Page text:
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Medical Regenerative Healing

  1. Feb 9, 2008 #1

    Ivan Seeking

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    http://www.cbsnews.com/stories/2008/02/07/eveningnews/main3805318.shtml
     
  2. jcsd
  3. Feb 9, 2008 #2
    Absolutely wondrous.
     
  4. Feb 9, 2008 #3

    Moonbear

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    I can't get any of their videos to work for some reason. Drat! I wanted to see the finger more clearly for myself, just to get an idea of how much it regrew and how normal it looks. I'm also curious if his injury involved the bone, or just the fleshy part of the tip, and whether he has normal sensation in the fingertip now. Basically, just trying to get an idea of the limitations and expectations to have for it.

    From what's been described in the news story, it sounds hopeful as something to promote healing of flesh wounds, burns, etc. I'm not sure if it's going to be as promising for amputated limbs as the article is claiming, but really, even if it can promote some healing and tissue growth around the base of the stump for a more comfortable prosthetic fit, I think that would be a positive accomplishment for amputees.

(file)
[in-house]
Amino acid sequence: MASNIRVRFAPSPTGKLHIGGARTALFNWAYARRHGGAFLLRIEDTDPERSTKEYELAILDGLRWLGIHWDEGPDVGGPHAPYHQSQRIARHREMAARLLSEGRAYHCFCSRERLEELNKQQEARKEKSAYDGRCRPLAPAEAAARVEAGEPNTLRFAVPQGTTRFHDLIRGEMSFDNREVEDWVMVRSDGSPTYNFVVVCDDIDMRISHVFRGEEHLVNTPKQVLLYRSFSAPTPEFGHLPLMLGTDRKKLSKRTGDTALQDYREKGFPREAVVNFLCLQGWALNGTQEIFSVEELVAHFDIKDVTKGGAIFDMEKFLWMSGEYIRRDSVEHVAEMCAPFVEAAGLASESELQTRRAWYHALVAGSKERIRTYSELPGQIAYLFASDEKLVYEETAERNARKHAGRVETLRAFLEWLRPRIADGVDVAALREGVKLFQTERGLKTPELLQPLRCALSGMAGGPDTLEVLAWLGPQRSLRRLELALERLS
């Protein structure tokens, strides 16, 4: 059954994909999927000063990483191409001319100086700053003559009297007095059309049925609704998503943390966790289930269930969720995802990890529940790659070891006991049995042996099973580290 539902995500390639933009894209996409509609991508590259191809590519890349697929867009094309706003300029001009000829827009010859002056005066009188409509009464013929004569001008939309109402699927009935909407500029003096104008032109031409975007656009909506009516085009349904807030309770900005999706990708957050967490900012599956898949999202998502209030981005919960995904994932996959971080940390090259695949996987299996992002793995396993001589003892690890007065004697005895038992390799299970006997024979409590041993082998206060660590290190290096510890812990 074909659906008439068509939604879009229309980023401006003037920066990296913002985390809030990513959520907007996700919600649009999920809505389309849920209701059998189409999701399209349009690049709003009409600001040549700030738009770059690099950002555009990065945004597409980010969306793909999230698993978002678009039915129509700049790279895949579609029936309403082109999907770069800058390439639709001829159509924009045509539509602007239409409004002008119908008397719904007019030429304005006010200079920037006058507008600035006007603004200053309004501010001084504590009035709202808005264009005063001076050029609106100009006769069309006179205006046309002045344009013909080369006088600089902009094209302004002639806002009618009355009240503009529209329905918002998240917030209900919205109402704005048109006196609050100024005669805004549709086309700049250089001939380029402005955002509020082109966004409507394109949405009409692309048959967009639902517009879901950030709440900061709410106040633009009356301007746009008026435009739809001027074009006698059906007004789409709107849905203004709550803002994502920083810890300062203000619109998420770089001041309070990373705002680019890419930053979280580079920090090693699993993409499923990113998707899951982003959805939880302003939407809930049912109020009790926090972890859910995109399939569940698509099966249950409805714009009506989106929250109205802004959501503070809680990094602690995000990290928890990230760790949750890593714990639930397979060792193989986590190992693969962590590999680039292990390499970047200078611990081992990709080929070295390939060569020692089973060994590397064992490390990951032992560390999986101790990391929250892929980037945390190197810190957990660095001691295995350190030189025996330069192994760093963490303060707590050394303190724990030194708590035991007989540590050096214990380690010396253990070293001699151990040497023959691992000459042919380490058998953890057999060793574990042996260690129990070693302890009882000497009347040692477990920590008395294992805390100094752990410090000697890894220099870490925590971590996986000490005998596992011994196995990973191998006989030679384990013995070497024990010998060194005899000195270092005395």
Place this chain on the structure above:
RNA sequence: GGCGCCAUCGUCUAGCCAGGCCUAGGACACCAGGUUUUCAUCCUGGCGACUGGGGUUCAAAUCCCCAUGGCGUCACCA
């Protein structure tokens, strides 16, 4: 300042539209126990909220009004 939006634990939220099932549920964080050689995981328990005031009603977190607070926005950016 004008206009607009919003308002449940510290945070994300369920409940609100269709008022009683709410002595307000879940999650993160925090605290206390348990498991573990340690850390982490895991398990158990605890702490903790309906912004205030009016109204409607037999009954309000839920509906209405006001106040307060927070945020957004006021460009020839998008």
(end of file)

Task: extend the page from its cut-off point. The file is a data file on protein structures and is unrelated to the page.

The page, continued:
Edit: Finally got the videos to work. Okay, confirmed some of my suspicions. The guy did not sever off the entire nail base...in the story, he said about an 1/8 inch was still left of the nail. That means we don't know that this stuff has any effect on nail growth, because the part of the finger where the nail grows was still intact. It will be interesting to see the results of the clinical trials and the extent to which it really works to promote healing as opposed to scarring. it's interesting that the guy who used it talks about other things he did in the interview, such as keeping the wound open and not using antibiotics...what if his success was simply due to good care in keeping out infection while keeping the wound open and free of antibiotics, things that are rarely done with such an injury?
     
    Last edited: Feb 9, 2008
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